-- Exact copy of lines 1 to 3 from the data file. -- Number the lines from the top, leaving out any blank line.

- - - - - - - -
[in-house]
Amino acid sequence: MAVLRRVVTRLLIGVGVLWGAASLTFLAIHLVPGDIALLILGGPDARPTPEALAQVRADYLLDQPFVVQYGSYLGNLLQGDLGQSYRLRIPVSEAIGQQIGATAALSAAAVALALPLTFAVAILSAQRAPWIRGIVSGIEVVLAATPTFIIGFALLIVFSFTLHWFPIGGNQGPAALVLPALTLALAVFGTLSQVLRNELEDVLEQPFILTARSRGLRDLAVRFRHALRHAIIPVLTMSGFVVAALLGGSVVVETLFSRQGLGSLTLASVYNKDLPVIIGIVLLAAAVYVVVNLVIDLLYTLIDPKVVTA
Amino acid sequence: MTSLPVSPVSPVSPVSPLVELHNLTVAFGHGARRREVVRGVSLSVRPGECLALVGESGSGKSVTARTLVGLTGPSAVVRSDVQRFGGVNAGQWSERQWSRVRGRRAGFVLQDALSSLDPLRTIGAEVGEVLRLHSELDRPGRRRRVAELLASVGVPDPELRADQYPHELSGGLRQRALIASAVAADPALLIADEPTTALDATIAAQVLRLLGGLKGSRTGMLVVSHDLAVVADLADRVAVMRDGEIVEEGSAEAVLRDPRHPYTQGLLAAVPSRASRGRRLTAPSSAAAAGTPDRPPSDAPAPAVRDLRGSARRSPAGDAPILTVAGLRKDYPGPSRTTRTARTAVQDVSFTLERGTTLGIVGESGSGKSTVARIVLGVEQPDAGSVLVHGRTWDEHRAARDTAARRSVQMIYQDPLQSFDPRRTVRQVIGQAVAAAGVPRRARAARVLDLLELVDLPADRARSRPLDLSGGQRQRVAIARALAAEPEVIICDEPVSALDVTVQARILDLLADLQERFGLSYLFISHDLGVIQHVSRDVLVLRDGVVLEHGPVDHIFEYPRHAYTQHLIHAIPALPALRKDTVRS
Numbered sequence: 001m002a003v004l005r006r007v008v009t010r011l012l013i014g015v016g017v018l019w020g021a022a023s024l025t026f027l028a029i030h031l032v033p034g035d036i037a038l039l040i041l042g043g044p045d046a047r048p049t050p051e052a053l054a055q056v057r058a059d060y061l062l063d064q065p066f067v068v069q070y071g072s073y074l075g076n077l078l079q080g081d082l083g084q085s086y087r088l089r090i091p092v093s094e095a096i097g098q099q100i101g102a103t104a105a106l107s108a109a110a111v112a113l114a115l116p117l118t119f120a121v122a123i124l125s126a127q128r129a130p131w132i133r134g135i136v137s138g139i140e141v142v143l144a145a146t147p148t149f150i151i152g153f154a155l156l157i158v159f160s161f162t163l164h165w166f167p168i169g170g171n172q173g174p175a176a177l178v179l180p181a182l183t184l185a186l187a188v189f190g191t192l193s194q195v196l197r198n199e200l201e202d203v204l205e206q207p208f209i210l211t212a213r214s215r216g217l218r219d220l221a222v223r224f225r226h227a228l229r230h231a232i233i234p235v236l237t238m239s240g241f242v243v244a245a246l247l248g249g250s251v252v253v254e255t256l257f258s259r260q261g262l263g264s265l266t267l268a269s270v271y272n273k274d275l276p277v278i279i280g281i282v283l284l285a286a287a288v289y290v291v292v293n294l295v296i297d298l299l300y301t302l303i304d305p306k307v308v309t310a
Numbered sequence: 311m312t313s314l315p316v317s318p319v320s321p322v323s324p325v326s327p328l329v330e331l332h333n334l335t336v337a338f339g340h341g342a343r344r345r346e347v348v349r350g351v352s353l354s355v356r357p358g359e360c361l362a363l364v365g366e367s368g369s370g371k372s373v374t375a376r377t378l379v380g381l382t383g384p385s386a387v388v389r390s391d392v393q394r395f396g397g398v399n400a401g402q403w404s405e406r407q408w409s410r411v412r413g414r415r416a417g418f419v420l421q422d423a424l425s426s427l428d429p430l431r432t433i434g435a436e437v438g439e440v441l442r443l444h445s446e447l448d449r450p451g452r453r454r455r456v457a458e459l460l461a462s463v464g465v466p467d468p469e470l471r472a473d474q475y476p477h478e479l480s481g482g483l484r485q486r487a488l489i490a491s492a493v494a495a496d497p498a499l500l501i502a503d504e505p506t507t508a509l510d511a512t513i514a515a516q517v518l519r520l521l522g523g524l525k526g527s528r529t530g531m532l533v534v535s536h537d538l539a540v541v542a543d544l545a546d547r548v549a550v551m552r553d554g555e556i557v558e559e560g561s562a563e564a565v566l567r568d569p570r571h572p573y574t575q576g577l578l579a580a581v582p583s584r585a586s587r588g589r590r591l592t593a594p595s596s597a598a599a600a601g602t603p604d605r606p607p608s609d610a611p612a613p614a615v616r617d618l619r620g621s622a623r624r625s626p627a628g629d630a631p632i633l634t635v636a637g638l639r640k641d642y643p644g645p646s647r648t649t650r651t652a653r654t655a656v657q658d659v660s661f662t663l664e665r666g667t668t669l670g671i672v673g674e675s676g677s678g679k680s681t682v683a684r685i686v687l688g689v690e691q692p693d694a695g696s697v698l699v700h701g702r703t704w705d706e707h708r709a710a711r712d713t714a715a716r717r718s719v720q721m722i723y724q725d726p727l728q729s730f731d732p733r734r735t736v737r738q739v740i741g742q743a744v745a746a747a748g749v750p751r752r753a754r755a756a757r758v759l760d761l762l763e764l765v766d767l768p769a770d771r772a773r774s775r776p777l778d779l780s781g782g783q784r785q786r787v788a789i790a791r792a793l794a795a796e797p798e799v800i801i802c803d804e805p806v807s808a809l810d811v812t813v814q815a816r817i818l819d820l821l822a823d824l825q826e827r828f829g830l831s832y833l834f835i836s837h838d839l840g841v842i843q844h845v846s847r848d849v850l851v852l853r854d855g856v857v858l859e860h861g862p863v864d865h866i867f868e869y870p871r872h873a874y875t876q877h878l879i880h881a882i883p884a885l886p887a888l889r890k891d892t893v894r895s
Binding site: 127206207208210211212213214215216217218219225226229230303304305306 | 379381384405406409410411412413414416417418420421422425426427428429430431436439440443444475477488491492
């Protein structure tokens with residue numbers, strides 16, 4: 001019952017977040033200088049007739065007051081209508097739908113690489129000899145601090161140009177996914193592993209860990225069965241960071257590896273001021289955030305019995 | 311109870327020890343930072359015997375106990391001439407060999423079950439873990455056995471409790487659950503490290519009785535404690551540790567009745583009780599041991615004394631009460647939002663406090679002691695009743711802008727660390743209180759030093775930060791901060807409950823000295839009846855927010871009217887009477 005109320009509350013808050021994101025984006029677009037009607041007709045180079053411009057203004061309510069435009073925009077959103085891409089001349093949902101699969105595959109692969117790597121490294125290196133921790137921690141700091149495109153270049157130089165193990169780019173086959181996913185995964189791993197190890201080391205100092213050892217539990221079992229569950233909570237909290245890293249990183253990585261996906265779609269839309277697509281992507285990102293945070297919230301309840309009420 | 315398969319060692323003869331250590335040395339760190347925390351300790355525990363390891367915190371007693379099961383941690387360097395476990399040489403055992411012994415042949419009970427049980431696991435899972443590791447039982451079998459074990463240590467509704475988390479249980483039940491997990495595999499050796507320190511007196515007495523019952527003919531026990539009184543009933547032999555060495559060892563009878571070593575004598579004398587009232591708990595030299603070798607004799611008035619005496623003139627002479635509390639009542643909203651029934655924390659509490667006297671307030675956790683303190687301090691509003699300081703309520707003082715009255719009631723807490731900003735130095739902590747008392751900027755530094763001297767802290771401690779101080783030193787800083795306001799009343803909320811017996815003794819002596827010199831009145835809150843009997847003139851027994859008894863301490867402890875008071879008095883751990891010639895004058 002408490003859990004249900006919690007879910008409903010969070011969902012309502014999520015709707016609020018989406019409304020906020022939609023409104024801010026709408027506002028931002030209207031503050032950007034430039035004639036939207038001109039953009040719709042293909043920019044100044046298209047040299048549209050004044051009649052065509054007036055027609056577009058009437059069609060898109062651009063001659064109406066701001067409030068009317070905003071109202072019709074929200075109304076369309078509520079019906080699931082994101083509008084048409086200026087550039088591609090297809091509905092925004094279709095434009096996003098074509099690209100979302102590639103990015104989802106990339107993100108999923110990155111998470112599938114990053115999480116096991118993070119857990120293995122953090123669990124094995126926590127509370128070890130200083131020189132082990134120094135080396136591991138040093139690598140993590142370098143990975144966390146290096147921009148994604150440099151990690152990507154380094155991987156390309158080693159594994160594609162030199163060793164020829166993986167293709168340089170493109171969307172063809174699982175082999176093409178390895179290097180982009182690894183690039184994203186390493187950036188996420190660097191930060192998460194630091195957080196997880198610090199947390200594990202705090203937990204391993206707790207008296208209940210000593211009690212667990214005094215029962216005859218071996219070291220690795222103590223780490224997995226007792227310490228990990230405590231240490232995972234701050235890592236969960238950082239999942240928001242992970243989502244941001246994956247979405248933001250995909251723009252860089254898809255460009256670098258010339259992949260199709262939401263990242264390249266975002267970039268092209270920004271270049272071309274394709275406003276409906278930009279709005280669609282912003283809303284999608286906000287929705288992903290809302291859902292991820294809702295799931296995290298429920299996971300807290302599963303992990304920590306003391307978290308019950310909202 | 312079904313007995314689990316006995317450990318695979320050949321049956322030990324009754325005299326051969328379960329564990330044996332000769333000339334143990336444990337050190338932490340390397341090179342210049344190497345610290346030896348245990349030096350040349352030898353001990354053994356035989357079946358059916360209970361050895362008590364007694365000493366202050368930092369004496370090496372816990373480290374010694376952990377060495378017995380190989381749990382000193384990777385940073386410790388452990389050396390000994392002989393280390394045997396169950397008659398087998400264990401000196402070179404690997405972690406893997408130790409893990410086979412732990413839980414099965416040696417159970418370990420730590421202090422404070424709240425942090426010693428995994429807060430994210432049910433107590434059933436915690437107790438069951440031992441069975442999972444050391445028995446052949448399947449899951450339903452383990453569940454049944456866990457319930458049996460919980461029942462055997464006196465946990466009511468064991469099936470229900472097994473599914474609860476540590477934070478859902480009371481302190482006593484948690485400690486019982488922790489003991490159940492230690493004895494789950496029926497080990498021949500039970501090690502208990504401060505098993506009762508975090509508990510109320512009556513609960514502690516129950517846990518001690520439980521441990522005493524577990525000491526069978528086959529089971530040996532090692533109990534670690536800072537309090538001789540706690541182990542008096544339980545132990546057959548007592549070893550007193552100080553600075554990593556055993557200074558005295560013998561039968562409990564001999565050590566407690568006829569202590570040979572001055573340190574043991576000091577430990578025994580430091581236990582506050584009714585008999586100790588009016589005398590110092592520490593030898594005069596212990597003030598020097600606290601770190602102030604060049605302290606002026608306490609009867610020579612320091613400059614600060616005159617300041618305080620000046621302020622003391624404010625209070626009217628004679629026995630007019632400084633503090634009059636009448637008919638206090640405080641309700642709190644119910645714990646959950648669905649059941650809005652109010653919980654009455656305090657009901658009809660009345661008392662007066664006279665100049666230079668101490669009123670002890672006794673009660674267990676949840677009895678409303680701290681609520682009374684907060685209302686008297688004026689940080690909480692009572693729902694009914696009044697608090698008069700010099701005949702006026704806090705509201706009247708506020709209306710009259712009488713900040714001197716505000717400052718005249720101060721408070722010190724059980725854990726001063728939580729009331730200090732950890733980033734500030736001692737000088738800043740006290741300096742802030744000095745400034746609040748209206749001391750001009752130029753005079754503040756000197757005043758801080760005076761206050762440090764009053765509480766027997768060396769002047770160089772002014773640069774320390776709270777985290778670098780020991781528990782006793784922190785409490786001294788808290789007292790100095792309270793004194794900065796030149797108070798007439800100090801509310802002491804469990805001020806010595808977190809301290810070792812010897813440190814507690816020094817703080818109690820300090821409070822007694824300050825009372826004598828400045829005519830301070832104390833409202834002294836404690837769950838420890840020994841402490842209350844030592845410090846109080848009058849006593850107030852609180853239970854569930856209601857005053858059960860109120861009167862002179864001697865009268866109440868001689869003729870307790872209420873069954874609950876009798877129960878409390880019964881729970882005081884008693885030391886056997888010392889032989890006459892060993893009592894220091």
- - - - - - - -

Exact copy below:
[in-house]
Amino acid sequence: MAVLRRVVTRLLIGVGVLWGAASLTFLAIHLVPGDIALLILGGPDARPTPEALAQVRADYLLDQPFVVQYGSYLGNLLQGDLGQSYRLRIPVSEAIGQQIGATAALSAAAVALALPLTFAVAILSAQRAPWIRGIVSGIEVVLAATPTFIIGFALLIVFSFTLHWFPIGGNQGPAALVLPALTLALAVFGTLSQVLRNELEDVLEQPFILTARSRGLRDLAVRFRHALRHAIIPVLTMSGFVVAALLGGSVVVETLFSRQGLGSLTLASVYNKDLPVIIGIVLLAAAVYVVVNLVIDLLYTLIDPKVVTA
Amino acid sequence: MTSLPVSPVSPVSPVSPLVELHNLTVAFGHGARRREVVRGVSLSVRPGECLALVGESGSGKSVTARTLVGLTGPSAVVRSDVQRFGGVNAGQWSERQWSRVRGRRAGFVLQDALSSLDPLRTIGAEVGEVLRLHSELDRPGRRRRVAELLASVGVPDPELRADQYPHELSGGLRQRALIASAVAADPALLIADEPTTALDATIAAQVLRLLGGLKGSRTGMLVVSHDLAVVADLADRVAVMRDGEIVEEGSAEAVLRDPRHPYTQGLLAAVPSRASRGRRLTAPSSAAAAGTPDRPPSDAPAPAVRDLRGSARRSPAGDAPILTVAGLRKDYPGPSRTTRTARTAVQDVSFTLERGTTLGIVGESGSGKSTVARIVLGVEQPDAGSVLVHGRTWDEHRAARDTAARRSVQMIYQDPLQSFDPRRTVRQVIGQAVAAAGVPRRARAARVLDLLELVDLPADRARSRPLDLSGGQRQRVAIARALAAEPEVIICDEPVSALDVTVQARILDLLADLQERFGLSYLFISHDLGVIQHVSRDVLVLRDGVVLEHGPVDHIFEYPRHAYTQHLIHAIPALPALRKDTVRS